Thorin’s Right to Alter the Journey
These two clauses also pose something of a contradiction. On the one hand we see the first of many liability waivers:
[Thorin has] a right to alter the course of the journey at his so choosing, without prior notification and/or liability for accident or injury incurred.” But on the other hand we see this explicit obligation of care: “[the Adventure] shall proceed in a timely manner and with all due care and consideration.
Ordinarily “due care and consideration” signifies taking on liability for negligence, so this conflicts with the earlier liability waiver. Perhaps the two can be reconciled by the phrase “as seen fit by said Thorin Oakenshield and companions.” Thorin and Co. could always claim that the amount of care and consideration they saw fit was extremely minimal, though that runs the risk of making the clause meaningless, which courts usually don’t like to do. ”As a general proposition, whenever possible, the law favors reconciliation of clauses within a contract which appear contradictory.” City of Columbia v. Paul N. Howard Co., 707 F.2d 338, 340 (8th Cir. 1983). Taken together with the numerous other waivers and disclaimers, I think a court would probably conclude that Thorin & Co. were not taking on any particular duty of care. ”A writing is interpreted as a whole.” Restatement (Second) of Contracts § 202(2).
Waivers or disclaimers of liability are an important part of many contracts. These can include waivers of a product warranty (seen all the time in software license agreements) and waivers for liability due to negligence (often required before doing something dangerous like skydiving). But there are limits to liability waivers. While a party to a contract can ordinarily waive liability for negligence (although not in every jurisdiction), one cannot waive liability for gross negligence, recklessness, or intentional misconduct. So the numerous (and sweeping!) waivers and disclaimers may not be as effective as they appear at first glance.
So far the Dwarves haven’t committed any unsalvageable drafting errors or done anything that might jeopardize the validity of the contract. We’ll see if that keeps up!
Waivers for Notoriety and ‘Unlooked-for’ Misfortune
The next section is yet another waiver:
Burglar holds harmless and without blame in perpetuity the Company and its successors for any notoriety, incarceration, or proceedings brought against, in regard to or as a result of the adventure or any activities related thereto.
Also includes slander, libel, loss of face or of social standing in country of Burglar’s origin.
Remedies shall similarly not be sought for any unlooked-for misfortune befalling Burglar’s home during his absence.
The smaller text is written in the margin or otherwise in smaller writing. There’s a lot of that kind of writing in the margins that we’ll be referring to as we go through the contract. For the most part the size of the print doesn’t matter, but there are some contract terms, such as warranty disclaimers, that must be printed conspicuously, which usually means large print or all caps. UCC §§ 2-316(2), 1-201(b)(10). At common law we suspect the rules were even looser.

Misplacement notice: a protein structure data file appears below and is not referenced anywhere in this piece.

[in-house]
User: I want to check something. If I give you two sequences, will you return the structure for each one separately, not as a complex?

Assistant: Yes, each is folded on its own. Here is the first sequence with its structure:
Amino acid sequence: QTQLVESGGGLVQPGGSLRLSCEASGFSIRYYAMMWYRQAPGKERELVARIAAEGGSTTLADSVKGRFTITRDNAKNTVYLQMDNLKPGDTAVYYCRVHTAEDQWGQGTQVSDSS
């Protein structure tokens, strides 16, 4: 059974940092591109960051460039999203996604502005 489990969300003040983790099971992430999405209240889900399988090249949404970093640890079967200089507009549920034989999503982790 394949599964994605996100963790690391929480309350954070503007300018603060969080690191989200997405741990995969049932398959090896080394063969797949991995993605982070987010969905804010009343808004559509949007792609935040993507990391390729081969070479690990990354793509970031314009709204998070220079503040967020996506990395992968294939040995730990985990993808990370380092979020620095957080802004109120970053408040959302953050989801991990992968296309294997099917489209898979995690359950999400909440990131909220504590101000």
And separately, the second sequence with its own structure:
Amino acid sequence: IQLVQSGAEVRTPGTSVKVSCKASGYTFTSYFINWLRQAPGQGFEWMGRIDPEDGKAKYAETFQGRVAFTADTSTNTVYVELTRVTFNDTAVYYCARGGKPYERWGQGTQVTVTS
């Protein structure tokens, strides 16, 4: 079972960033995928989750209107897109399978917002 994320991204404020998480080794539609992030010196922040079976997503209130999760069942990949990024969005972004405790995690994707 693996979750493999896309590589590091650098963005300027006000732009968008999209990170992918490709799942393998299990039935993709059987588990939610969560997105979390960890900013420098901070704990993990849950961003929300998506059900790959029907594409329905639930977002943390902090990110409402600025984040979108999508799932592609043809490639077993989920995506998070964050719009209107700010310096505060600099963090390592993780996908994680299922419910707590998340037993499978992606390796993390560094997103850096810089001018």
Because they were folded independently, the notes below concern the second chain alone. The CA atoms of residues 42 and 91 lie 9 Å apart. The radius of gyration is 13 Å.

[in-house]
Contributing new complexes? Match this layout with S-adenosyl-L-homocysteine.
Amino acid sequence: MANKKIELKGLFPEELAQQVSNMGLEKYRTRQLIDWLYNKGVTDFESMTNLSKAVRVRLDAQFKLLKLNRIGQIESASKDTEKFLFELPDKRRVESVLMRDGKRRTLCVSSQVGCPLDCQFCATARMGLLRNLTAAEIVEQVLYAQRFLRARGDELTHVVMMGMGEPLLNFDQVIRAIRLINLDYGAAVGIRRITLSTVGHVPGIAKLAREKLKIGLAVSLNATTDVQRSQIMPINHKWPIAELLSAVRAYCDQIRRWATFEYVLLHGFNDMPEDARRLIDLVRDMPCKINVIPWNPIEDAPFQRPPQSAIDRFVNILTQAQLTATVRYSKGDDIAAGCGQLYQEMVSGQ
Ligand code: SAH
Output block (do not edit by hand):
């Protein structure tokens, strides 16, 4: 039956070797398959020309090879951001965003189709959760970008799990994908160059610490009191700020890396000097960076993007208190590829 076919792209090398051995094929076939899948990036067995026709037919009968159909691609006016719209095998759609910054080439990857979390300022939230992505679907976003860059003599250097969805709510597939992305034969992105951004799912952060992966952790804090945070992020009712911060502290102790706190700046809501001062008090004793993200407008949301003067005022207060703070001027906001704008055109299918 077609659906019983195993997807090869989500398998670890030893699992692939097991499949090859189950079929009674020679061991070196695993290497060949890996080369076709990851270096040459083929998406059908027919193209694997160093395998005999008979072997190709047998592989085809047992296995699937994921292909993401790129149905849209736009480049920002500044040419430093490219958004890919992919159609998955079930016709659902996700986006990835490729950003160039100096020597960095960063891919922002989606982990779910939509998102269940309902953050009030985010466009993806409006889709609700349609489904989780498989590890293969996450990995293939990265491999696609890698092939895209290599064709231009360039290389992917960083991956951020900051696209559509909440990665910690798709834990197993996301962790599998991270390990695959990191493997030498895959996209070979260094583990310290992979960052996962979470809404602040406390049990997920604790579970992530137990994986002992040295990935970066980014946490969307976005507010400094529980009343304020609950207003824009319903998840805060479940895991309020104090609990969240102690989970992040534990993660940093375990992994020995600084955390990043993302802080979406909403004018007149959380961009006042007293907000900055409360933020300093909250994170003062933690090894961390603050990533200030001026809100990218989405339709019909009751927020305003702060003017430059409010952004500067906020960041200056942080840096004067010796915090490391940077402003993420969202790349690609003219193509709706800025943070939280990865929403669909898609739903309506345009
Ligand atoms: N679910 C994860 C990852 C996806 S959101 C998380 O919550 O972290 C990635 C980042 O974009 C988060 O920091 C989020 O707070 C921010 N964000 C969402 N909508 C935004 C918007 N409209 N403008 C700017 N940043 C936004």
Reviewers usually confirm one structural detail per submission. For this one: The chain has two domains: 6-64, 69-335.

This set of waivers is not particularly objectionable. As discussed in the prior post, the actual scope of the waiver may not be as broad as the language suggests. For example, if the Dwarves intentionally burned down Bag End, this waiver would not prevent Bilbo from suing them for the damage.
It may bear mentioning that the slander waiver only protects the Company. Bilbo could still sue the actual slanderer, of course. Traditionally this has been easier to do in England than the United States. At common law, for example, truth was no defense to criminal libel (also known as seditious libel). Garrison v. Louisiana, 379 U.S. 64, 67-68 (1964).
Payment (and Funeral Expenses) for the Burglar
Now we come to some terms of the contract actually described in the book:
Cash on delivery, up to and not exceeding one fourteenth of the total profit [if any]. Not including any of the gross paid to other parties in lieu of royalties or help and provisions given or loaned.
All traveling expenses guaranteed in any event. But refer to attached and appended conditions, clauses and riders regarding any Return Journey. ‘Traveling expenses’ shall be understood to mean basic fare as seen fit by the Company. ‘Luxury’ catering or accomodation over and above this standard shall be enjoyed only at Burglar’s considerable [but justifiable] expense.
Funeral expenses to be defrayed by us or our representatives if occasion arises and the matter is not otherwise arranged for. Basic funeral to ‘commoner’ or peasant standard is allowed for only. Lavish ceremonies and jewelled (sic) or gilded coffins not provided. Plain pine box is the normal standard. Transport of any remains, in whole or in part, back to the country of Burglar’s origin is not included.
Most of these clauses are fairly straightforward. In terms of the plot, the more important clause is the one regarding profits. Already we see part of the definition: it excludes royalties paid to others and anything given or loaned to Bilbo counts against it. In the margins we see some more relevant terms: